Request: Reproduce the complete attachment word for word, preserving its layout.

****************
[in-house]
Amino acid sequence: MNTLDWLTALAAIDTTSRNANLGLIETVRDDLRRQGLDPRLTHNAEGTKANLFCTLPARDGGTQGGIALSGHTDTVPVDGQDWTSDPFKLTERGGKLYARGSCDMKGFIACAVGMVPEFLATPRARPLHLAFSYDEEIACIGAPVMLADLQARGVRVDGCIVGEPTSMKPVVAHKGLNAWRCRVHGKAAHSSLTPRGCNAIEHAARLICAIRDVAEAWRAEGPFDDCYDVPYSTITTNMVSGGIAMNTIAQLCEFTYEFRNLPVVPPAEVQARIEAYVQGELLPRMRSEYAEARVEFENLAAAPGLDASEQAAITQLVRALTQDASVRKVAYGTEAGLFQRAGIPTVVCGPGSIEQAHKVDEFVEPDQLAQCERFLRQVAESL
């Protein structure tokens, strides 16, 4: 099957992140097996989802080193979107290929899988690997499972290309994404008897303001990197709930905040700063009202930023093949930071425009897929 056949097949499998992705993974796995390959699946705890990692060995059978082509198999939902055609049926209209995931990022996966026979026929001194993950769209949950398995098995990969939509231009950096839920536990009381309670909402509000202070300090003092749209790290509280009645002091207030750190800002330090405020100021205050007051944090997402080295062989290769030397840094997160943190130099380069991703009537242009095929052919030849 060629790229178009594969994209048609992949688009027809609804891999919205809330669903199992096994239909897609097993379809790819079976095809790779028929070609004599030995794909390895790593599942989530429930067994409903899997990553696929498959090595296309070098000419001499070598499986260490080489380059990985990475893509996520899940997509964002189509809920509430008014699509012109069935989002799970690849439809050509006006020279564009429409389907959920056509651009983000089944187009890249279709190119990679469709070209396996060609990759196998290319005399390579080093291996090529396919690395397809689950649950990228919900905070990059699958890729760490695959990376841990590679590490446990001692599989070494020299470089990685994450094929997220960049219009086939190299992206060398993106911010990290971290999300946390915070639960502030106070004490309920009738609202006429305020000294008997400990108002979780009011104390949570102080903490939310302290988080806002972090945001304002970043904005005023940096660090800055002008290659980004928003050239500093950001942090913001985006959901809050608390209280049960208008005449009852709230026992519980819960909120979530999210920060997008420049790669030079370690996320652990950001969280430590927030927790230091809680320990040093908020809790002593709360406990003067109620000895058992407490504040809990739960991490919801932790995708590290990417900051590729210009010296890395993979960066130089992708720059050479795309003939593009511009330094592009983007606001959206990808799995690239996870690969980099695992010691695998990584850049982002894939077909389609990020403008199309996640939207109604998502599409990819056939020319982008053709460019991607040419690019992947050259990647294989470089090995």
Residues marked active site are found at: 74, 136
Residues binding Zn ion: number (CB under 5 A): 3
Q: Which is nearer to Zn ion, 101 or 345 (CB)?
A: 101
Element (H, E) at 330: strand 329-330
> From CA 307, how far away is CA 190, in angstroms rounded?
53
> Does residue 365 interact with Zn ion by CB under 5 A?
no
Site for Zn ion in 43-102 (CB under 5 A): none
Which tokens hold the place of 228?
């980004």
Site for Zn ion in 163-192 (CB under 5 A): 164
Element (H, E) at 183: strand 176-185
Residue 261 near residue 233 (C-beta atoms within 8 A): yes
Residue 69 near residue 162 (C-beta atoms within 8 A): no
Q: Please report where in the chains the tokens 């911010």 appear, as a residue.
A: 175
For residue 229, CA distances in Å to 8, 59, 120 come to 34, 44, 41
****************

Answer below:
[in-house]
Amino acid sequence: MNTLDWLTALAAIDTTSRNANLGLIETVRDDLRRQGLDPRLTHNAEGTKANLFCTLPARDGGTQGGIALSGHTDTVPVDGQDWTSDPFKLTERGGKLYARGSCDMKGFIACAVGMVPEFLATPRARPLHLAFSYDEEIACIGAPVMLADLQARGVRVDGCIVGEPTSMKPVVAHKGLNAWRCRVHGKAAHSSLTPRGCNAIEHAARLICAIRDVAEAWRAEGPFDDCYDVPYSTITTNMVSGGIAMNTIAQLCEFTYEFRNLPVVPPAEVQARIEAYVQGELLPRMRSEYAEARVEFENLAAAPGLDASEQAAITQLVRALTQDASVRKVAYGTEAGLFQRAGIPTVVCGPGSIEQAHKVDEFVEPDQLAQCERFLRQVAESL
């Protein structure tokens, strides 16, 4: 099957992140097996989802080193979107290929899988690997499972290309994404008897303001990197709930905040700063009202930023093949930071425009897929 056949097949499998992705993974796995390959699946705890990692060995059978082509198999939902055609049926209209995931990022996966026979026929001194993950769209949950398995098995990969939509231009950096839920536990009381309670909402509000202070300090003092749209790290509280009645002091207030750190800002330090405020100021205050007051944090997402080295062989290769030397840094997160943190130099380069991703009537242009095929052919030849 060629790229178009594969994209048609992949688009027809609804891999919205809330669903199992096994239909897609097993379809790819079976095809790779028929070609004599030995794909390895790593599942989530429930067994409903899997990553696929498959090595296309070098000419001499070598499986260490080489380059990985990475893509996520899940997509964002189509809920509430008014699509012109069935989002799970690849439809050509006006020279564009429409389907959920056509651009983000089944187009890249279709190119990679469709070209396996060609990759196998290319005399390579080093291996090529396919690395397809689950649950990228919900905070990059699958890729760490695959990376841990590679590490446990001692599989070494020299470089990685994450094929997220960049219009086939190299992206060398993106911010990290971290999300946390915070639960502030106070004490309920009738609202006429305020000294008997400990108002979780009011104390949570102080903490939310302290988080806002972090945001304002970043904005005023940096660090800055002008290659980004928003050239500093950001942090913001985006959901809050608390209280049960208008005449009852709230026992519980819960909120979530999210920060997008420049790669030079370690996320652990950001969280430590927030927790230091809680320990040093908020809790002593709360406990003067109620000895058992407490504040809990739960991490919801932790995708590290990417900051590729210009010296890395993979960066130089992708720059050479795309003939593009511009330094592009983007606001959206990808799995690239996870690969980099695992010691695998990584850049982002894939077909389609990020403008199309996640939207109604998502599409990819056939020319982008053709460019991607040419690019992947050259990647294989470089090995």
Residues marked active site are found at: 74, 136
Residues binding Zn ion: number (CB under 5 A): 3
Q: Which is nearer to Zn ion, 101 or 345 (CB)?
A: 101
Element (H, E) at 330: strand 329-330
> From CA 307, how far away is CA 190, in angstroms rounded?
53
> Does residue 365 interact with Zn ion by CB under 5 A?
no
Site for Zn ion in 43-102 (CB under 5 A): none
Which tokens hold the place of 228?
């980004």
Site for Zn ion in 163-192 (CB under 5 A): 164
Element (H, E) at 183: strand 176-185
Residue 261 near residue 233 (C-beta atoms within 8 A): yes
Residue 69 near residue 162 (C-beta atoms within 8 A): no
Q: Please report where in the chains the tokens 């911010």 appear, as a residue.
A: 175
For residue 229, CA distances in Å to 8, 59, 120 come to 34, 44, 41